The latest Dan Brown adaptation to feature intrepid symbologist Robert Langdon follows closely in the footsteps of The Da Vinci Code and Angels and Demons. It is a well paced, albeit formulaic thriller, which has just enough nifty plot twists to keep the audience on their toes. Once again a distinguished team of Hollywood A-listers were involved in the production with Ron Howard back in the directing chair, David Koepp on writing duties and Tom Hanks resuming the role of Langdon. The beautiful locations and well shot set pieces are enhanced by Hans Zimmer’s soaring score but the excitement level is consistently lukewarm and the end result is a fleetingly entertaining, but ultimately forgettable blockbuster.
Waking up in a Florence hospital bed, a beaten and beleaguered Langdon has a dose of amnesia and is clueless about how he has ended up in his current predicament. It doesn’t take long for the action to kick in though. Langdon soon finds himself deeply embroiled in a race against time to stop a deadly doomsday virus concocted by billionaire psychotic geneticist Bertrand Zobrist (Ben Foster). Assisted by the smart and sassy Dr. Sienna Brooks (Felicity Jones), the pair must decode a series of cryptic clues inspired by Dante’s Inferno before hell on earth is literally let loose.
As an action hero Hank’s straight laced Langdon is a bit of a dullard. After a jarring, death defying opening sequence, he yearns for a cup of coffee when a slug of whiskey would surely be more appropriate. The CGI visons of Hell that plague Langdon’s dreams are weakly conveyed, more akin to a PG-rated horror flick than the stuff of horrifying nightmares. Perhaps this is the by-product of a film franchise designed for mass appeal but you can’t help but feel that the film’s tameness is more of a hindrance than help. A little more risk and edginess would make the film and Langdon more entertaining. Nevertheless, the plot is nicely constructed with Langdon’s memory loss providing an element of mystery to the story line. As Langdon attempts to piece together the puzzle, the audience are kept guessing also and we’re never really sure who can be trusted. The supporting cast are strong with Felicity Jones and Ben Foster providing good turns in intriguing if slightly underdeveloped roles. Irrfan Khan is very good as Harry Sims, the duplicitous head of The Consortium, a shady organisation who want Langdon dead. He provides an effective injection of villainous comic relief to proceedings. It all builds to a promising finale. Unfortunately, while the location of the climax is effective, the execution is flawed and the overall resolution badly lacks dramatic impact.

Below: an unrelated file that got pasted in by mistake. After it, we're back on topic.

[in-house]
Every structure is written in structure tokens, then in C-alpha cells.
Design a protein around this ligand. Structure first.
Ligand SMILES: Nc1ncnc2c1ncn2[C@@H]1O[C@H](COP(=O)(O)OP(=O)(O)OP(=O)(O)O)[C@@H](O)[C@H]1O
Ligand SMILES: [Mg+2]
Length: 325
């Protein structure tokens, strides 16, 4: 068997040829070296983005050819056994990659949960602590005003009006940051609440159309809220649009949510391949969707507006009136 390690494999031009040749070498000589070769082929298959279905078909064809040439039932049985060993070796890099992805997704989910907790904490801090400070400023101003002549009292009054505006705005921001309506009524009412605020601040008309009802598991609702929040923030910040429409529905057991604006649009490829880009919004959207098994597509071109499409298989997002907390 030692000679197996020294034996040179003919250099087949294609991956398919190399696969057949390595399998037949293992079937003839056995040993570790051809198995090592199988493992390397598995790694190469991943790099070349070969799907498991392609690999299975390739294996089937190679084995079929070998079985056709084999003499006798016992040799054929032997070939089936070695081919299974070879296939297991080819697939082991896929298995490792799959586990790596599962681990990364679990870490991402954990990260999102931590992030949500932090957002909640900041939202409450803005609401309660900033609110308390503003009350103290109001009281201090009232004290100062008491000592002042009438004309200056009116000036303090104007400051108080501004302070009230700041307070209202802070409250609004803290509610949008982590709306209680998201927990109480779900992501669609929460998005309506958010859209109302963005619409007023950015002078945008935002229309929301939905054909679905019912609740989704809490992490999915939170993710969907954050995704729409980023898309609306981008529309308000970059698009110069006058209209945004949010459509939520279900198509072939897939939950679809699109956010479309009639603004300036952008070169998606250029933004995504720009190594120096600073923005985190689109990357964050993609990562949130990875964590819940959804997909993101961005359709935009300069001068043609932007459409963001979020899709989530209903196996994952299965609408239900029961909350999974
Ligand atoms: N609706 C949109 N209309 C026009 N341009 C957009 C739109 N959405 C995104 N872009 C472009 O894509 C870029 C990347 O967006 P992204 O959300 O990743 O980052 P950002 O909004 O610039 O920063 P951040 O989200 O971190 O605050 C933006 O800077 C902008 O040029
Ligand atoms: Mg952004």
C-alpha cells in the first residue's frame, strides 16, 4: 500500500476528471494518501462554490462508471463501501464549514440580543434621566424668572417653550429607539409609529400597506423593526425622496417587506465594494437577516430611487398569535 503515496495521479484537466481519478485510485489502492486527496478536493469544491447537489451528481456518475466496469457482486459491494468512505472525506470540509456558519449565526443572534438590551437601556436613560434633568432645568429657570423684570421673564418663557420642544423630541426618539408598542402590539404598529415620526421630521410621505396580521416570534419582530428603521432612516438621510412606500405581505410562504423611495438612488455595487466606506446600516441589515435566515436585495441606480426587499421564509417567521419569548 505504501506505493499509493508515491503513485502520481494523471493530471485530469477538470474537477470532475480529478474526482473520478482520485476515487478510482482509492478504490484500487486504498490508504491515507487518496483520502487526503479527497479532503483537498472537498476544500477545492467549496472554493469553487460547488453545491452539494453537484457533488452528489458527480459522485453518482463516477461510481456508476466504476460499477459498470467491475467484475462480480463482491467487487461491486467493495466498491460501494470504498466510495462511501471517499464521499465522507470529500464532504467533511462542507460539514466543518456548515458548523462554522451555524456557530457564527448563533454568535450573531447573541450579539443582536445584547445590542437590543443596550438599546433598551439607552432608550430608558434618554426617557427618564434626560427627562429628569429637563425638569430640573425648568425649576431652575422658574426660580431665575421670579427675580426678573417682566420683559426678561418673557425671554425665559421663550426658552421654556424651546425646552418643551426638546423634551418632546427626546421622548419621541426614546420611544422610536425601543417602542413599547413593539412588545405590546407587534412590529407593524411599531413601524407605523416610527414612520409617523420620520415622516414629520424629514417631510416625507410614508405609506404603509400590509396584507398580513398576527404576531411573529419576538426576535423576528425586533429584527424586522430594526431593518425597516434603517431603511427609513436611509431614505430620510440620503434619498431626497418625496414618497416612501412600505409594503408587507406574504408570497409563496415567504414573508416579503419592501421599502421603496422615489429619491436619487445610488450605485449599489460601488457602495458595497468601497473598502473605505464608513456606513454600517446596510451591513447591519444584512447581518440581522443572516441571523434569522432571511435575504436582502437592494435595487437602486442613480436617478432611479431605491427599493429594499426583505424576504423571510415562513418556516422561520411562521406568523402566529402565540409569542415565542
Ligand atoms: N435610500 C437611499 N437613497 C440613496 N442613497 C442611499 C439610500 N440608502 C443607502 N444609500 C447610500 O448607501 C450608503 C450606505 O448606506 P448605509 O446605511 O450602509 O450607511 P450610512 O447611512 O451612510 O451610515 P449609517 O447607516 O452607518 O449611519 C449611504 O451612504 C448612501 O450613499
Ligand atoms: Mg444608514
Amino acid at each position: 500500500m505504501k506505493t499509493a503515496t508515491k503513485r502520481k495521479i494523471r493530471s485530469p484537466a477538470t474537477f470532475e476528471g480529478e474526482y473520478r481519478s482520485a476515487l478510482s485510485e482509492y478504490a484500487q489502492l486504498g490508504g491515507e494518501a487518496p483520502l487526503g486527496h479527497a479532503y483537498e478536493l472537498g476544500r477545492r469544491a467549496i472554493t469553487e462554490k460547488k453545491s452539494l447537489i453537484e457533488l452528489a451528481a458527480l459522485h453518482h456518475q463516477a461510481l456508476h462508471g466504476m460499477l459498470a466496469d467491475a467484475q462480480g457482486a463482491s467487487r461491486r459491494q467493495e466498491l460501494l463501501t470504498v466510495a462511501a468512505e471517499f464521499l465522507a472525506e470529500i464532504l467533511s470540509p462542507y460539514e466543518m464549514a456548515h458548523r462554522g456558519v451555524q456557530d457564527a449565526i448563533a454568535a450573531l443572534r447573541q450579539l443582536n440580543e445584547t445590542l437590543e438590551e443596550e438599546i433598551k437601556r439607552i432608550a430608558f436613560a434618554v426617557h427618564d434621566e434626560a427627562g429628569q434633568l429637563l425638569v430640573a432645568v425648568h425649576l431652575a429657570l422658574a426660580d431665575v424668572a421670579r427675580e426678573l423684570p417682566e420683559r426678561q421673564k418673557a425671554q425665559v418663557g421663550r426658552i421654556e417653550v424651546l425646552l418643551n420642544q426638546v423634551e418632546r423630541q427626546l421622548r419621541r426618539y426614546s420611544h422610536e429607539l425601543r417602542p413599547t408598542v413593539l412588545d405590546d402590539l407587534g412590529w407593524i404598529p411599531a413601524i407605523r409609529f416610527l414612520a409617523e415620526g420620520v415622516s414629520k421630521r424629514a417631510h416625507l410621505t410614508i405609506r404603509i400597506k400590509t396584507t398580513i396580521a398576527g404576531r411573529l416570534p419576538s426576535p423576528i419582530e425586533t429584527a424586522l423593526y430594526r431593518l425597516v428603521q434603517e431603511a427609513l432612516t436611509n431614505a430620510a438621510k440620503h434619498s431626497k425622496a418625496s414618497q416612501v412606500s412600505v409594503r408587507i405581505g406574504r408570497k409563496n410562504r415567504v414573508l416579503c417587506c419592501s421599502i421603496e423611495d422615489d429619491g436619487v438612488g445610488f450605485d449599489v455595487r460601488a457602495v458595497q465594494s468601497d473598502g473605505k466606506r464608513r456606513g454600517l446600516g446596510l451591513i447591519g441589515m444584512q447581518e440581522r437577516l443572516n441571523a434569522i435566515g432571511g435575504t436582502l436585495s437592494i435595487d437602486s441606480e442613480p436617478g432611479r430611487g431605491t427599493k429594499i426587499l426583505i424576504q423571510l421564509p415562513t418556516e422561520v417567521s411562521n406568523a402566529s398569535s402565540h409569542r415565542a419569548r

A watchable but routine thriller which shoots around visually arresting European locations without ever shifting out of second gear. There’s no doubt that the talent involved ensure a handsome looking and well made piece of work. It would have benefited from raising the tension levels and pushing the darker elements of the apocalyptic story line. What could have been an invigorating cinematic roller coaster ride basically ends up being as soulless as a sinner in the ninth circle of hell. Inferno is just too mild and middle of the road to be memorable. Dante would not be impressed.